This archetype is also bold and daring but in a different way. The Sage is striving to provide eye-opening and absorbing content that uncover a certain hidden truth about the world. Alternatively, sage brand efforts can be directed towards revisioning old topics through new formats and approaches. Sage main objective is to engage customers into the profound conversation about the nature of things.

Brand examples: TED, Smithsonian, Oprah.

#4 The Hero

Brand promise: inner strength, skill.

The Hero brand archetype is a personal coach and cheerleader. Its core message is to motivate, inspire and encourage their customers to have more, do more and be more. The pinnacle of the hero brand archetype is inclusive empowering images that showcase individual effort and dedication.

Brand examples: Nike, Duracell, Marvel.

#5 The Outlaw

Brand promise: start a revolution, disrupt the routine.

It is crucial to keep the balance when working with outlaw brand archetype. On the one hand, your brand needs to be daring and provoking; your content needs to stand out, show attitude and perhaps even irritate someone. On the other hand, don’t go overboard with provocation, that can hinder the growth of the loyal customer base.

Brand examples: Harley-Davidson, Old Navy, PayPal.

#6 The Magician

Brand promise: make dreams come true.

This brand archetype lets you escape into the idealized version of your childhood, appeal to your sentimental and childish side. The magician fosters the atmosphere of wonders, play, and imagination. Sometimes the magician brand intentionally comes out as childish and unserious; it appeals to your inner child, after all.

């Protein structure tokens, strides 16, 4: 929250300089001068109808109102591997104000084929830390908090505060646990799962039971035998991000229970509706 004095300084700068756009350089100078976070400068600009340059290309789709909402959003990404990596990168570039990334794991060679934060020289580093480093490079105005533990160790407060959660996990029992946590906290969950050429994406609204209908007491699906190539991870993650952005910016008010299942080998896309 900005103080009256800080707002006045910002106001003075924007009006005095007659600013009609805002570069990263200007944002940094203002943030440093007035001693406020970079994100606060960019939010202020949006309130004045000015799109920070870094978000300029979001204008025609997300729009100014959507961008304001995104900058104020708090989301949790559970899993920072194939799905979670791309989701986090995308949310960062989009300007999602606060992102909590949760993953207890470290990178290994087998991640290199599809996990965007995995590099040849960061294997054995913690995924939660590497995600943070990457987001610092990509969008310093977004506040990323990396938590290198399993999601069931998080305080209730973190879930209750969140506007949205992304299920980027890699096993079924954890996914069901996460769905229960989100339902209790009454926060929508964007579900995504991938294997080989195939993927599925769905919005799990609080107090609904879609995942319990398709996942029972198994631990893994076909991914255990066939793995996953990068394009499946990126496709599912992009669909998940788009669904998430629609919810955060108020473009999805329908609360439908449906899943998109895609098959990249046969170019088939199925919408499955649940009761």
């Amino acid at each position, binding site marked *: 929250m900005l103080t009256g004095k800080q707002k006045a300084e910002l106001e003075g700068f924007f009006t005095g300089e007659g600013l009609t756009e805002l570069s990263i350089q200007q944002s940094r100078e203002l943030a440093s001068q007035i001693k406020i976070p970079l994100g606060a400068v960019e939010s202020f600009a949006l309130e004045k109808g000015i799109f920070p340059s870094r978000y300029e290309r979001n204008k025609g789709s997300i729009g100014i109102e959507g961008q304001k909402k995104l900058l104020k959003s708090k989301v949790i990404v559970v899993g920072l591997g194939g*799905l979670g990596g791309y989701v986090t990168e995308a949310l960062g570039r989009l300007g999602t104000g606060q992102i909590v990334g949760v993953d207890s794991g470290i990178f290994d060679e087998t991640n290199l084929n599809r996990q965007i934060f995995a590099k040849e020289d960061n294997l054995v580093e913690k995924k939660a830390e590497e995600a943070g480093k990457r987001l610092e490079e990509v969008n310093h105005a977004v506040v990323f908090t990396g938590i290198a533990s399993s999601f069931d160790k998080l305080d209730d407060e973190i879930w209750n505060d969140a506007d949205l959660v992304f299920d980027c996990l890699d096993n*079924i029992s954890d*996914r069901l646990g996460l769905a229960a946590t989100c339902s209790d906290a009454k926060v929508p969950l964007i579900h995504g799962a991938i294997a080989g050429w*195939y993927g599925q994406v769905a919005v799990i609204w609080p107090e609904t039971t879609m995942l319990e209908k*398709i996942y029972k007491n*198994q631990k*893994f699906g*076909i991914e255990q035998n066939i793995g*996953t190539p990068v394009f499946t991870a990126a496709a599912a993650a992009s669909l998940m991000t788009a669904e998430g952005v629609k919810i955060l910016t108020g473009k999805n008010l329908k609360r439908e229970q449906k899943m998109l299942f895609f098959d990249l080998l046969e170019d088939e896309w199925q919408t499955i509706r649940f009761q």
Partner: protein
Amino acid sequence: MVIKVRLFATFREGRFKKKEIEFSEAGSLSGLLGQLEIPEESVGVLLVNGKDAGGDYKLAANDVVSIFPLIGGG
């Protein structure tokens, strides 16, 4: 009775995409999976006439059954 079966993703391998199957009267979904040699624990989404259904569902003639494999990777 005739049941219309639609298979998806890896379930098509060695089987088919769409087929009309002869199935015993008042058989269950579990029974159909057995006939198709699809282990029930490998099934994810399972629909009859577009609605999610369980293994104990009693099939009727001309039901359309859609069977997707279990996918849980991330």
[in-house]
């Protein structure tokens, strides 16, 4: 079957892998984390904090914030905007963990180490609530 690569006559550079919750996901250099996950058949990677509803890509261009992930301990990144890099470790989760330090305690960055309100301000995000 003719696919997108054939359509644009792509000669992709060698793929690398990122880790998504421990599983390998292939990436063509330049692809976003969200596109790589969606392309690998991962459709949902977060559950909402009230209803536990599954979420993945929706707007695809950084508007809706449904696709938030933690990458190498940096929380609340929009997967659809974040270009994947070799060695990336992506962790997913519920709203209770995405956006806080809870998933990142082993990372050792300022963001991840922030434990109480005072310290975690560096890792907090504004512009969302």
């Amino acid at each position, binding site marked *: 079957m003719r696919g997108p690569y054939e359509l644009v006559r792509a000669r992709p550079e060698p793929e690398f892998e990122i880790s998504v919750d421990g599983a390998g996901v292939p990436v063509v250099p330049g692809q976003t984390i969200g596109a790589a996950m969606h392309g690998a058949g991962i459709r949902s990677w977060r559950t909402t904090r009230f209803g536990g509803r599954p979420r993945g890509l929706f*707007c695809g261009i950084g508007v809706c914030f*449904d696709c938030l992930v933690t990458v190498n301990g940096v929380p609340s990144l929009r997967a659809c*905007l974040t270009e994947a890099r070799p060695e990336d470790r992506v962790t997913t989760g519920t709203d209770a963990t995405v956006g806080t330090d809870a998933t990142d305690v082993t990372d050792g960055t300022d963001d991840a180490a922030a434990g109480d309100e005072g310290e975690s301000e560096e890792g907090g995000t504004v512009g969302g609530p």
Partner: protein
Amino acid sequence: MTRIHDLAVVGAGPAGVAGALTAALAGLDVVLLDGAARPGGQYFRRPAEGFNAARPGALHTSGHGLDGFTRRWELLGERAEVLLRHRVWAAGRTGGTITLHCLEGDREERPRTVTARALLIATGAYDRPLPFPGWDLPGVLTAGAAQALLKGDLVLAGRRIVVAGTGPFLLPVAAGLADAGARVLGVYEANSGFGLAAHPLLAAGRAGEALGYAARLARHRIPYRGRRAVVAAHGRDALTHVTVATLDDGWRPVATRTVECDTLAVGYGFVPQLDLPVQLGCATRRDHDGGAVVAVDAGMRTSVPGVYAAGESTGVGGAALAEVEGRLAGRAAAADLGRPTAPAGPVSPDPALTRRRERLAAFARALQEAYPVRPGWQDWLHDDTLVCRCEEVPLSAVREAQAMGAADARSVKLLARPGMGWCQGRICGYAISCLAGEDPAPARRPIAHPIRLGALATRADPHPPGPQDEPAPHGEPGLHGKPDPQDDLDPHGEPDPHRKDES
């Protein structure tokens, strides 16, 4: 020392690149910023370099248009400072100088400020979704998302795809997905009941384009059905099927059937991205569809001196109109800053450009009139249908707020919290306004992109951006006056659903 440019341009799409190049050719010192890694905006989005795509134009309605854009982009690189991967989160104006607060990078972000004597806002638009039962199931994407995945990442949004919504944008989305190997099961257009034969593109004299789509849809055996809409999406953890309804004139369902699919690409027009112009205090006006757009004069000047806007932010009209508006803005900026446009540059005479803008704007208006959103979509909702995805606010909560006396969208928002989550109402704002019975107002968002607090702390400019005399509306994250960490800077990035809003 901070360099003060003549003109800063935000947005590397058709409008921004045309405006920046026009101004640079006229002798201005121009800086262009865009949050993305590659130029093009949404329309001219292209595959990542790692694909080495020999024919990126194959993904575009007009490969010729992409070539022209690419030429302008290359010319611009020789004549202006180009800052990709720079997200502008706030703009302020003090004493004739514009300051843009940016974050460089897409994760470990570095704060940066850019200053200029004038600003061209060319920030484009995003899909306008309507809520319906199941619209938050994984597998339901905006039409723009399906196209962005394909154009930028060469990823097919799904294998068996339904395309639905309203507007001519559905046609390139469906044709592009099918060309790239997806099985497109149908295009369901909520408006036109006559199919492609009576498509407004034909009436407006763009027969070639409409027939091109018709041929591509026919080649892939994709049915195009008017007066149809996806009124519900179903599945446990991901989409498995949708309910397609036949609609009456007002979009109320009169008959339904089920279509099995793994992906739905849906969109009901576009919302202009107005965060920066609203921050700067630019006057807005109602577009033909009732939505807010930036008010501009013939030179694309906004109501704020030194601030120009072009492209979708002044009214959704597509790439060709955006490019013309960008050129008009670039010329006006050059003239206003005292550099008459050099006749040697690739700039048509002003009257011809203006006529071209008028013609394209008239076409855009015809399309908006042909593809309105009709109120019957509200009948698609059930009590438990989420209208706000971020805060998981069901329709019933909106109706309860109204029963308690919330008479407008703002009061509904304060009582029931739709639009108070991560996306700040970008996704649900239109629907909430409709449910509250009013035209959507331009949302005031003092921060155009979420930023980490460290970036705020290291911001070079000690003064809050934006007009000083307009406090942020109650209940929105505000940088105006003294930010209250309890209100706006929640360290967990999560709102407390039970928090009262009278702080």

Brand examples: Disney, Thomson, Xbox.

#7 The Guy Next Door

Brand promise: blend and belong.

The ultimate goal for this archetype is to come out as relatable, simple and lovable. You need to tailor your brand for a specific audience since what is relatable for one is not for the other. You should feature your target demographics in your promotional materials. The strategy is drastically different for millennials and for seniors.

Brand examples: Pinterest, eBay, Ikea.

#8 The Lover

Brand promise: close intimate relationships.

If you want to grasp the attention and affection of millions, your archetype is the lover. The key to this approach is to invest in universally appealing content, such as tranquility of nature, human relationships, feelings.

Brand examples: Godiva, Hallmark, Chanel.

#9 The Jester

Brand promise: have fun.

The Jester is an entertainer. When planning the promotional strategy for this archetype, you need to factor in the communication channels you use. The content has to be bright and easily shareable. Ideally, your content should be viral and include witty remarks and humorous takes.

Brand examples: Netflix, Reeses, Skittles.

#10 The Caregiver

Brand promise: help others.

If you have a stainless reputation and regard for others, you can roll with the caregiver archetype. It projects benevolence, attentiveness, don’t guilt or shame its customer base. Instead, the caregiver usually puts a social or environmental issue on its banners and stir the audience with awareness campaigns.

Brand examples: Amnesty International, Johnson & Johnson, Campbell’s.

#11 The Creator

Brand promise: a unique product and vision.

The creator is also supposed to be humorous and playful. However, it also has to bring something unique to the table, introduce new talking point to the conversation, use the unconventional design or present a novel product or service. The best tactic for this archetype is to create your own unique content with a distinct style.

Brand examples: Adobe, Lego, Sony.

#12 The Ruler

Brand promise: the product of successful people.

This archetype is the perfect fit for the products that are advertised as expensive and exclusive. The key to brand-building in this scenario is to create an aura of luxury and bohemian lifestyle. Your visuals should reinforce this image. Focus on the context, the specific attributes of the upmarket consumption, parade the expensive things, like cars, yachts, and watches.

Brand examples: Rolex, Hugo Boss, American Express.